My family gets this.  My loves are supportive.  Why?  They love me.  Me, not some idealized version of me who is always sweet and available.  No, they love, cranky, workaholic, easily peopled-out me as I really am.

I don’t care if you’re poly, monogamous or whatever.  That is what you look for in partners.

(Though if you think that doesn’t mean that I am not yearning to visit FWB and his menage, I have news. I love my people at home and I miss every one of the ones I cannot see as often desperately.)

Don't Treat People as Things

I reposted Secondary Clarity on Tumblr yesterday, and got a very interesting response. I thought it was actually worth a column. The original post was mostly the following graphic written by a couple of buddies of mine who have been poly a looonnnngg time and have Learned Stuff.

After posting it, I was asked:

As a person in a monogamous marriage that may at some point move to being poly but isn’t sure if poly will work for the relationship, do you have any advice for approaching things without falling afoul of douchebaggery?

This is a good and valid question, but buddy, it opens up one heck of a bag o’ noodly appendages, let me tell you what!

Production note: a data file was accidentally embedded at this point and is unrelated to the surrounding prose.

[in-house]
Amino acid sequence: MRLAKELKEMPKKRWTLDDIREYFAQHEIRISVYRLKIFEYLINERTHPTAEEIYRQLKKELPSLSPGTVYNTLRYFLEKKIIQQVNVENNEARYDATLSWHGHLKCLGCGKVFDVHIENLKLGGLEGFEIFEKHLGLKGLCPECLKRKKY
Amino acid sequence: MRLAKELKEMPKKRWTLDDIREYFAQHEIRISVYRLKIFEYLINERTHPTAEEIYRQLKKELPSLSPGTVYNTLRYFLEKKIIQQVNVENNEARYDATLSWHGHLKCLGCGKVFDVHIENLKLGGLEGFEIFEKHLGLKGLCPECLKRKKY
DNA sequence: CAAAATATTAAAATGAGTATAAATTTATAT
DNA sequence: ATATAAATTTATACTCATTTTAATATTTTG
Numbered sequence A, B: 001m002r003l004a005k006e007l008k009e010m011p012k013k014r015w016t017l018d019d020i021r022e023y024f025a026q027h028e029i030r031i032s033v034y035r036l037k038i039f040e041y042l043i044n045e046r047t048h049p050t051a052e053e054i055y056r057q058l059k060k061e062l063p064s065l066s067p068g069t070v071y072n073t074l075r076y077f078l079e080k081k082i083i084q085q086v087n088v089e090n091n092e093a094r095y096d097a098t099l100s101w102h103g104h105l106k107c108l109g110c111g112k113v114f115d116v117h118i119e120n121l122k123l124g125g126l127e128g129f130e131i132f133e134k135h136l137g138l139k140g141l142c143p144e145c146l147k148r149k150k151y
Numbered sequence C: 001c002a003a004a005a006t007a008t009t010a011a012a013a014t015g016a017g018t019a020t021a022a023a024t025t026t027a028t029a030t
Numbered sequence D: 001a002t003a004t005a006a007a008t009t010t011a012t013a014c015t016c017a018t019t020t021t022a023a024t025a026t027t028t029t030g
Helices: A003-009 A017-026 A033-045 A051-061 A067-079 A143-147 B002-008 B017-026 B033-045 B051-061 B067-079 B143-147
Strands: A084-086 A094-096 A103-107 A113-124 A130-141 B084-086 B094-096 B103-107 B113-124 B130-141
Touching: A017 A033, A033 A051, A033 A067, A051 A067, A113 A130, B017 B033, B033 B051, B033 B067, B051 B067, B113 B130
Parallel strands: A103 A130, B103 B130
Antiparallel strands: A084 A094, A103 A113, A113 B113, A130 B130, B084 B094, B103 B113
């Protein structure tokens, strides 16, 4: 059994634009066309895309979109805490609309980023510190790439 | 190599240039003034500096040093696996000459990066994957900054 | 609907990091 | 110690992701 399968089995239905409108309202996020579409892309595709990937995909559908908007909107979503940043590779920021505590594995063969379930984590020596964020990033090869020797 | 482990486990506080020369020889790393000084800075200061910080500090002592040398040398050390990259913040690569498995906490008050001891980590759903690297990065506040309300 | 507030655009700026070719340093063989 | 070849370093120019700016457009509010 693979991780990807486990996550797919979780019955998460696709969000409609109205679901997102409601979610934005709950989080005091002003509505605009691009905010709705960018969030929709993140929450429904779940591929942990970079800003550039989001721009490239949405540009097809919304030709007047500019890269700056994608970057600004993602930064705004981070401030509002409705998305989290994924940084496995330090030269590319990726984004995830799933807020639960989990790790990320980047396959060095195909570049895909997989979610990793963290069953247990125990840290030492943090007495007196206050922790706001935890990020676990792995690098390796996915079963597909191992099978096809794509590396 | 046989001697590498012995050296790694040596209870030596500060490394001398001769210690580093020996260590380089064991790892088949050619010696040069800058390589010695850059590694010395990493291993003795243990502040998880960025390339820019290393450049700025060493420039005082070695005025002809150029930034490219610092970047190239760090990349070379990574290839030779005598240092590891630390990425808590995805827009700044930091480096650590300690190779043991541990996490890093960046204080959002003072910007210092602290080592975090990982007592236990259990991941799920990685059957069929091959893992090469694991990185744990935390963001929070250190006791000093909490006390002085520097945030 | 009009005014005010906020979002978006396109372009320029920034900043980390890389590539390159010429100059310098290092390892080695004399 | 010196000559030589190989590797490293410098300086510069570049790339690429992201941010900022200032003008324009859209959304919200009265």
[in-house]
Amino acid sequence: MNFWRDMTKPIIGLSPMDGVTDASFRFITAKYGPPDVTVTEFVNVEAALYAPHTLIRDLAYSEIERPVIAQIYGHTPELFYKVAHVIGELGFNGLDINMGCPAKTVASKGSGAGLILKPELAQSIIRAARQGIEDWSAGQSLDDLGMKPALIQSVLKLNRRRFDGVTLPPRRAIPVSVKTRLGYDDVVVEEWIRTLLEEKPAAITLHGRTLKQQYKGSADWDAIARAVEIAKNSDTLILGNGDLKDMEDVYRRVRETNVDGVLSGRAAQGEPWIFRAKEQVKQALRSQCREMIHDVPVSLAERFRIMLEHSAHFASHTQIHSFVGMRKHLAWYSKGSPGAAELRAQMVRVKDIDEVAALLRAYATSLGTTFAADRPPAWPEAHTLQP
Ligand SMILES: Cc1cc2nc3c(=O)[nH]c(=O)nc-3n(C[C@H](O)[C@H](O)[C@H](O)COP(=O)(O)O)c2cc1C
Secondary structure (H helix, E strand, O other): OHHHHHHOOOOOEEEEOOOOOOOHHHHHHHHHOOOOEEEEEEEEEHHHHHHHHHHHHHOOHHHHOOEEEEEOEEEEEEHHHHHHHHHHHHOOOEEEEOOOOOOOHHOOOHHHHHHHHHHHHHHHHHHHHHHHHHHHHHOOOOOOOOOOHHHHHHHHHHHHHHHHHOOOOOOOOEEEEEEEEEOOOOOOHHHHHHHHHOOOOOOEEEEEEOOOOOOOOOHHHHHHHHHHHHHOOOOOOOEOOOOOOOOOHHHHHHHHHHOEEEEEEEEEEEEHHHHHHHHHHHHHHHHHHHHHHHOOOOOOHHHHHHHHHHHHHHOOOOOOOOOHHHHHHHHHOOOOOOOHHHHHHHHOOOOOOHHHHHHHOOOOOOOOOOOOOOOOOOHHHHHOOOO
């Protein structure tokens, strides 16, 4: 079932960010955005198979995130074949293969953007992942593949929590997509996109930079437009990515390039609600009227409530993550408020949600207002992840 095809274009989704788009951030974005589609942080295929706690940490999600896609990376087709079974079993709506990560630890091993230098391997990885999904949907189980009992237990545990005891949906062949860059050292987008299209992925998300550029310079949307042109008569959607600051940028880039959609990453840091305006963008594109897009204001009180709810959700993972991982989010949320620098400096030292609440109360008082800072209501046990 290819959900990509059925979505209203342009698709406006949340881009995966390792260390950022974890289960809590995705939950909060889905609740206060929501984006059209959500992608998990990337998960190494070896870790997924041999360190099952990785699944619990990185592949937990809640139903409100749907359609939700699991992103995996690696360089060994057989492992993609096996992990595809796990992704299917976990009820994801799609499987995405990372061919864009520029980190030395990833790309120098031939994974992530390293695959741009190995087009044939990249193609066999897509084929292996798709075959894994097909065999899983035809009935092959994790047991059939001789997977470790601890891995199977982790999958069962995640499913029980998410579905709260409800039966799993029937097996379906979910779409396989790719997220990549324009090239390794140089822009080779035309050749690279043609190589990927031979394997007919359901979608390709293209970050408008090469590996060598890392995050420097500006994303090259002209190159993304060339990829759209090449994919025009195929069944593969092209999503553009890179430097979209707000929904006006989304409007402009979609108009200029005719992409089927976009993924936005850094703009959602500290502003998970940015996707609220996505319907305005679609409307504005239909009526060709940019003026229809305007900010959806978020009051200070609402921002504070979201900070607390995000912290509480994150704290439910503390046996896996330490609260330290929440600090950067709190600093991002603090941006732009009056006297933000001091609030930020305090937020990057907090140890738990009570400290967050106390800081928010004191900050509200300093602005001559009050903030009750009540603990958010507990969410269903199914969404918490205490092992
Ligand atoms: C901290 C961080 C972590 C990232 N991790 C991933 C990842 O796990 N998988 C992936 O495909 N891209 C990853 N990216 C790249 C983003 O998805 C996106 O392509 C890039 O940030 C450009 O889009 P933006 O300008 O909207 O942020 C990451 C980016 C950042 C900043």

Understand this discussion is not coming from a person who went from monogamy to polyamory. No, this isn’t about pride in Gold Star Polyamory or any of that idiotic nonsense. It’s an admission that I genuinely do not know what happily opening up a relationship looks like. I’ve never observed such a thing close hand and haven’t the faintest idea what it looks like.

What I do know, is what a good relationship looks like. What I do know is how to treat human beings.

Most of the problems illustrated on this card revolve around treating people as things. It revolves around treating them as objects for gratification. That’s not what love looks like, but I’m sure you know that. So let’s analyze all of these points and the mindset they come from, and see if doing so will come up with strategies on how to avoid them. I could just as easily invoke the Wheaton Rule1 for all of them, but that’d make for a short column.